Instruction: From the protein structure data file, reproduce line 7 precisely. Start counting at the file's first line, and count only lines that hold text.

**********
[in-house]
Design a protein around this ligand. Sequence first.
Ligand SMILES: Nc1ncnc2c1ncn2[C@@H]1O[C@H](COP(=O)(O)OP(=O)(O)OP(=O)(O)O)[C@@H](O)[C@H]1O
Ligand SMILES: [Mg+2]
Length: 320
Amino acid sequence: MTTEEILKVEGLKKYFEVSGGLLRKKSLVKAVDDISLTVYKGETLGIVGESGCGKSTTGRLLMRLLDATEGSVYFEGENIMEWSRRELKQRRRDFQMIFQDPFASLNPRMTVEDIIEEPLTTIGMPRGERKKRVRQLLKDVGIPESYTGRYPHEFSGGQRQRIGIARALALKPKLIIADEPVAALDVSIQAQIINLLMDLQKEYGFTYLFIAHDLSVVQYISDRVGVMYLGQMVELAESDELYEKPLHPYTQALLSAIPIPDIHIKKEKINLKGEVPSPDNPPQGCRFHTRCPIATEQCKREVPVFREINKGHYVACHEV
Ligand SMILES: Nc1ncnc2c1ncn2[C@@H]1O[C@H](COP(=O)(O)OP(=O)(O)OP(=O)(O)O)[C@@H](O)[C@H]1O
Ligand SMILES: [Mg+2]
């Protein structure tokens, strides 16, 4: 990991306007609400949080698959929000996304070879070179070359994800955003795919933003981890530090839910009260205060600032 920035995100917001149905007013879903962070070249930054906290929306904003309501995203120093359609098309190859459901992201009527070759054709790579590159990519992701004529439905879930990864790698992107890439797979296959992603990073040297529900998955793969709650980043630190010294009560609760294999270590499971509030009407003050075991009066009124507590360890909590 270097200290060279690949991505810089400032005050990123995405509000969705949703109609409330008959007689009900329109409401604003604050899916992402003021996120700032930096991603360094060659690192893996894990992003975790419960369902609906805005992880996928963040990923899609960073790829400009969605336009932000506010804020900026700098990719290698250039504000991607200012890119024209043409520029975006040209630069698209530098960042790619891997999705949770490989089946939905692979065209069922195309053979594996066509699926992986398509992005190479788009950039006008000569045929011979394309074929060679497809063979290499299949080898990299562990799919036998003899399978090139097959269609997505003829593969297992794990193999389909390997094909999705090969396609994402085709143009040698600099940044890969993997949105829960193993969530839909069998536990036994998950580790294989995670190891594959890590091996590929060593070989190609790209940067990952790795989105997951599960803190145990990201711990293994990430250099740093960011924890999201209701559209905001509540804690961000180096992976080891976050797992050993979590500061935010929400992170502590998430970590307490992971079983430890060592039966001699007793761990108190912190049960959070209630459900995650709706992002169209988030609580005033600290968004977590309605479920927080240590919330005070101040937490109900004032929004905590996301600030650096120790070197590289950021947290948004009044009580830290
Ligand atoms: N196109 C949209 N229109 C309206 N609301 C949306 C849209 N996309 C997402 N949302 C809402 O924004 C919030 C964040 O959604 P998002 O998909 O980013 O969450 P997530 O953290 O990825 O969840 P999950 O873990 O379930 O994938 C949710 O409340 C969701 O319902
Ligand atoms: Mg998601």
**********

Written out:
Ligand SMILES: Nc1ncnc2c1ncn2[C@@H]1O[C@H](COP(=O)(O)OP(=O)(O)OP(=O)(O)O)[C@@H](O)[C@H]1O